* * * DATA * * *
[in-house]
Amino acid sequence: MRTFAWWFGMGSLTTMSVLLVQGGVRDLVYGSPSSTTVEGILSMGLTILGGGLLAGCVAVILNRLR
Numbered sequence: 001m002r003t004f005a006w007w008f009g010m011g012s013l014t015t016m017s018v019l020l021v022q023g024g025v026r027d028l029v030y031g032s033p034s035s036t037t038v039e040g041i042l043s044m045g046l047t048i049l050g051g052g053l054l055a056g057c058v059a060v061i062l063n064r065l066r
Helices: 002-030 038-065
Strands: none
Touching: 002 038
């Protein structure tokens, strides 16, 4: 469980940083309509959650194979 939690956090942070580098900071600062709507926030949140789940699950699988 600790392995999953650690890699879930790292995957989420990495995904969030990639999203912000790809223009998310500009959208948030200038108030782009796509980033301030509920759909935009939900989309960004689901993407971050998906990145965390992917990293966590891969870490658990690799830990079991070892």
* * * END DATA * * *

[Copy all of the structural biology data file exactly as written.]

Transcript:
[in-house]
Amino acid sequence: MRTFAWWFGMGSLTTMSVLLVQGGVRDLVYGSPSSTTVEGILSMGLTILGGGLLAGCVAVILNRLR
Numbered sequence: 001m002r003t004f005a006w007w008f009g010m011g012s013l014t015t016m017s018v019l020l021v022q023g024g025v026r027d028l029v030y031g032s033p034s035s036t037t038v039e040g041i042l043s044m045g046l047t048i049l050g051g052g053l054l055a056g057c058v059a060v061i062l063n064r065l066r
Helices: 002-030 038-065
Strands: none
Touching: 002 038
């Protein structure tokens, strides 16, 4: 469980940083309509959650194979 939690956090942070580098900071600062709507926030949140789940699950699988 600790392995999953650690890699879930790292995957989420990495995904969030990639999203912000790809223009998310500009959208948030200038108030782009796509980033301030509920759909935009939900989309960004689901993407971050998906990145965390992917990293966590891969870490658990690799830990079991070892």